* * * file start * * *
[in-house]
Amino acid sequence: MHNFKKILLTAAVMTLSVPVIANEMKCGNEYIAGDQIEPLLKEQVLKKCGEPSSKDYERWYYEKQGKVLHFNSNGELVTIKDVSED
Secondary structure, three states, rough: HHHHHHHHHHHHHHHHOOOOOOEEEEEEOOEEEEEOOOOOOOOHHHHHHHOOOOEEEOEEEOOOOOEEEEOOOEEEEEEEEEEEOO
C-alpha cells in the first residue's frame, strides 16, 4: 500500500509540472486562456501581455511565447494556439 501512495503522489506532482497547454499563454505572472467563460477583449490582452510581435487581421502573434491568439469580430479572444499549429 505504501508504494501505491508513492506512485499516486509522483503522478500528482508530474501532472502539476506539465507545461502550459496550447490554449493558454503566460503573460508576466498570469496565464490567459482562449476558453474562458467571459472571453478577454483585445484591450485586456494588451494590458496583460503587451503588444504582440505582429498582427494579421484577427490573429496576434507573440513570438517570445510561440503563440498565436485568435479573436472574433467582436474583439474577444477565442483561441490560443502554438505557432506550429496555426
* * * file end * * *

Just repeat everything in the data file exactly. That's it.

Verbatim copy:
[in-house]
Amino acid sequence: MHNFKKILLTAAVMTLSVPVIANEMKCGNEYIAGDQIEPLLKEQVLKKCGEPSSKDYERWYYEKQGKVLHFNSNGELVTIKDVSED
Secondary structure, three states, rough: HHHHHHHHHHHHHHHHOOOOOOEEEEEEOOEEEEEOOOOOOOOHHHHHHHOOOOEEEOEEEOOOOOEEEEOOOEEEEEEEEEEEOO
C-alpha cells in the first residue's frame, strides 16, 4: 500500500509540472486562456501581455511565447494556439 501512495503522489506532482497547454499563454505572472467563460477583449490582452510581435487581421502573434491568439469580430479572444499549429 505504501508504494501505491508513492506512485499516486509522483503522478500528482508530474501532472502539476506539465507545461502550459496550447490554449493558454503566460503573460508576466498570469496565464490567459482562449476558453474562458467571459472571453478577454483585445484591450485586456494588451494590458496583460503587451503588444504582440505582429498582427494579421484577427490573429496576434507573440513570438517570445510561440503563440498565436485568435479573436472574433467582436474583439474577444477565442483561441490560443502554438505557432506550429496555426